That’s the topic for today’s post. I truly know fear. I’ve experienced it in my life as much as you all have and in ways only a few can relate to.
I’ve known it in the form of an abusive father that hated me because I wasn’t his child. I’ve experienced it in embodiment of stepping off a bus on a warm summer morning at 1AM onto some yellow footprints as men in camouflage and campaign covers screamed at me to keep my eyes forward, hold my feet at a 45 degree angle and press my thumbs against the seams of my trousers. I’ve been overcome with it and joy as I held my first-born child, Christopher, wondering how I would screw this up. Oh yes. I have known fear.
In three days I will experience a new kind of fear. Emily, my youngest daughter and child, is scheduled for an all day evaluation to test for learning disabilities. As I write this, we’re concerned that she at least has dyslexia . Anything more than that is the great unknown to us.
Two years ago my wife and I began noticing that her speech wasn’t as clear as Christopher’s or Sarah’s had been at that age. She had a hard time with blended words, particularly words that have an ‘R’ or ‘TH’ sound.
We took her to her doctor for her four-year old check up, informing the doctor in the course of it all that Emily was having problems with her speech. The doctor kindly told us that most children that enjoy a pacifier have this problem and that it would clear up over time. Even telling the doctor that Emily hadn’t had a binkie for over a year got the brush off. It’ll clear up was what we heard then and then again six months later and then six months after that. Two years later we heard the same things but was determined to get a referral for someone qualified to run tests on Emily. Even that was met with resistance.
Other things have come up with Emily’s ability to learn. She has a difficult time going through her ABC’s and 123’s and has only recently understood the alphabet to the letter ‘J’. She’s six years old and it’s been an uphill battle to get someone to recognize that she and Tabitha need help. You can only hear “Go see your doctor” so many time before you want to scream, “That’s what we’ve fucking done and the doctors won’t listen!”
Hell hath no fury like a woman scorned and Hell hath no fear save for that of a mother that won’t be heeded. Tabitha went on the offensive to find a specialist that would do what we needed.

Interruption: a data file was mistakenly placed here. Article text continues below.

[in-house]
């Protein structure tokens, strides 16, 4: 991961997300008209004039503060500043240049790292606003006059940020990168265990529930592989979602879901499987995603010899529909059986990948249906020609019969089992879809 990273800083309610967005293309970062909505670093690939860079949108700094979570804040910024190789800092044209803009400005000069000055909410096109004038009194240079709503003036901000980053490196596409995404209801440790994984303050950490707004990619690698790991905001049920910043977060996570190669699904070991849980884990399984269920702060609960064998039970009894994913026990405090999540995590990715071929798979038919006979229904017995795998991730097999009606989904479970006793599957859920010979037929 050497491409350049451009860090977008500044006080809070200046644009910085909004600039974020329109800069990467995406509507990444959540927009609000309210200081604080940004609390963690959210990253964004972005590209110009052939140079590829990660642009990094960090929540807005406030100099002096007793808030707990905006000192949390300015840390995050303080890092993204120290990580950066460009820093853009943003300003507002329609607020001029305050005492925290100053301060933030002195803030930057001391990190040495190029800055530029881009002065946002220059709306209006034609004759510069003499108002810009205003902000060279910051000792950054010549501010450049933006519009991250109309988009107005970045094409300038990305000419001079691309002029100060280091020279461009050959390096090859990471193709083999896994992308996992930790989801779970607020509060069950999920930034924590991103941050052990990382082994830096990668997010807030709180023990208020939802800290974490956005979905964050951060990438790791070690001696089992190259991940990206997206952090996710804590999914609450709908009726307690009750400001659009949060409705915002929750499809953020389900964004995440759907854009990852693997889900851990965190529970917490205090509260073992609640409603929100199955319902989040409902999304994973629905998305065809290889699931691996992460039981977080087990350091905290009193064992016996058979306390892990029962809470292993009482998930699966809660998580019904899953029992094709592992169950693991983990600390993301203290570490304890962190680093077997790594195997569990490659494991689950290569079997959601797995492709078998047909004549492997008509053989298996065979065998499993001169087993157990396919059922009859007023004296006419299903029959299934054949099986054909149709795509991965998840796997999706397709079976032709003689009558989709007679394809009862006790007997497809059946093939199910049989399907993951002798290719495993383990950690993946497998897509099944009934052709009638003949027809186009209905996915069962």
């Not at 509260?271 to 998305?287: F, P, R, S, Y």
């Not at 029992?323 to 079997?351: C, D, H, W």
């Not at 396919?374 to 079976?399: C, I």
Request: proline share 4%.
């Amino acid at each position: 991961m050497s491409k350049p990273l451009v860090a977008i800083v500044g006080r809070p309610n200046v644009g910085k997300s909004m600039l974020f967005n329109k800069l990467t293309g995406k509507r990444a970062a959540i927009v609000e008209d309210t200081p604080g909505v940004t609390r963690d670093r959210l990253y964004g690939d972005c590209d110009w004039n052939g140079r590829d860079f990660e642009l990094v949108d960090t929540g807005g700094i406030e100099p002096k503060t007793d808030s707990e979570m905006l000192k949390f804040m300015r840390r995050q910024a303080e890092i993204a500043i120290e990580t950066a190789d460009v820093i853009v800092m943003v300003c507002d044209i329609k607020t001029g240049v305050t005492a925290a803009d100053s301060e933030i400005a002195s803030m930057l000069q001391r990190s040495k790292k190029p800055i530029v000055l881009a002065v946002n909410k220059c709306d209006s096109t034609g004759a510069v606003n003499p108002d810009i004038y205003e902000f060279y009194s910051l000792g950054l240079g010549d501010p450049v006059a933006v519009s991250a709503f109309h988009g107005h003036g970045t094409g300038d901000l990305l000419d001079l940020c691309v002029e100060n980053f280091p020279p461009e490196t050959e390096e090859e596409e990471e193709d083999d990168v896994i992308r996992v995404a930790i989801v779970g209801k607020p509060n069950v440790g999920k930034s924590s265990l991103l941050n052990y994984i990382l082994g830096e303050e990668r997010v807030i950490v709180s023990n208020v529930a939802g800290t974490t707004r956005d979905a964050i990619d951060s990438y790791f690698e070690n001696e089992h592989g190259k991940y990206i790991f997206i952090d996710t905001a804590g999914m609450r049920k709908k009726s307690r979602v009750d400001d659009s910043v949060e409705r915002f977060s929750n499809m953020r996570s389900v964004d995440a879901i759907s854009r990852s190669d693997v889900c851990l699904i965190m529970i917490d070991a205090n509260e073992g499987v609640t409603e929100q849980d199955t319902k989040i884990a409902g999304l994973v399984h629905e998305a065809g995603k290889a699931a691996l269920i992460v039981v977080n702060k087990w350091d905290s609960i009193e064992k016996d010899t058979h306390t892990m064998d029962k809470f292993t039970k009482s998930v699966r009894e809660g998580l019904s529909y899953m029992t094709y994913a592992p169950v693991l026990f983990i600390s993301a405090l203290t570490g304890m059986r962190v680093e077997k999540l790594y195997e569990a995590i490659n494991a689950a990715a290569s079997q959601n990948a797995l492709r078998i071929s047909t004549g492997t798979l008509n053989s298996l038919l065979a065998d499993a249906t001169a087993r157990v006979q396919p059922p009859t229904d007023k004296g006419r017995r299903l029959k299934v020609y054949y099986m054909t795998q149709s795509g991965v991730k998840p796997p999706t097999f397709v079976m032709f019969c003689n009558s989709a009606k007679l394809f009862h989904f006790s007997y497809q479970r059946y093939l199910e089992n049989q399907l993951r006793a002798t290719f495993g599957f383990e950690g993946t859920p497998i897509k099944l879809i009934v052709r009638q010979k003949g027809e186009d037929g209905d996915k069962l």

We were lucky to find a wonderful speech language pathologist that sent our already uneasy minds spiralling further into paranoia. Don’t read that as sarcastic. I mean what I’ve written. She really is wonderful. Anyway, that was the first time that Dyslexia was used in our presence concerning Emily. We’d danced around the word ourselves, using pretty phrases like ‘learning disability’ or ‘educationally incapable’ in its place. Neither of us wanted to use the word. Honestly, we know why.
The youngest of Tabitha’s older sisters has Dyslexia and she’s made a great go of life. Like the oldest sister and Tabitha, she’s excelled in the business and personal world as an adult. With that said, Tabitha has insight into Dyslexia from watching her sister grow up with it. It was a battle that left Tabitha shaken at best. I won’t detail what she witnessed growing up but I will say that every lesson was a battle.
I danced around the word’s usage because I was raised by two people with disabilities. The man who called himself ‘my father’ had Athetoid Cerebral Palsy while my mother had Epilepsy and suffered often from grand mal seizures.
Being the child of two ‘retards’ and the brother to a girl who had developmental disabilities, I suffered through massive bullying until my sophomore year in high school. I don’t know what changed but most found something else to pick at. Our experiences shape who we are and mine were no different in that facet.
My life growing up with the handicapped has left me sympathetic to their trials and tribulations and how any disability can have a profound effect on those around you and the future.
With each child Tabitha and I became pregnant with, the fear of a disability loomed at the back of our minds. As I looked down at each child, I felt like James Cagney in his portrayal of Lon Chaney, Sr. in The Man of a Thousand Faces. Each time my mind replayed the scene with Mr. Cagney standing over his fictional son’s crib, terrified that the boy was born deaf. And each time I play the scene through with the clap he made that woke his son, crying.
Unlike that scene, there is no clap that will signal everything is okay for millions of parents. The biggest hurdles for the parents of children with a disability of any kind is financial and support in nature.
Case in point, our insurance isn’t what it once was. Even with that aside no insurance in Tennessee covers testing to discover educational disabilities or educational consultants. If not for the speech pathologist, we’d never have the info of for several consultants. Even finding a pathologist was two weeks work in calling around and getting a mix of misinformation with information. It’s been one major obstacle or roadblock that would leave any parent feeling way past frustrated.
We’re not making millions or even thousands off my writing but we make enough to cover what bills we have. It’s that little extra for Emily’s battery of tests that leaves us scrounging for what we can. We’ve been lucky though. The educational consultant is allowing us a payment plan to pay for the testing to discover what exactly is wrong with our angel.
Three days will go by and then she’ll take the tests. One week will go by and then we’ll get the results. One month will go by and we’ll hopefully be on our way to helping Emily. One lifetime will go by and we’ll pray that we’ve done the right thing with her as surely as we will with Chris and Sarah. In the meantime, I feel afraid of what life has in store for her. I never wanted to save the world. All I ever wanted was to save my children.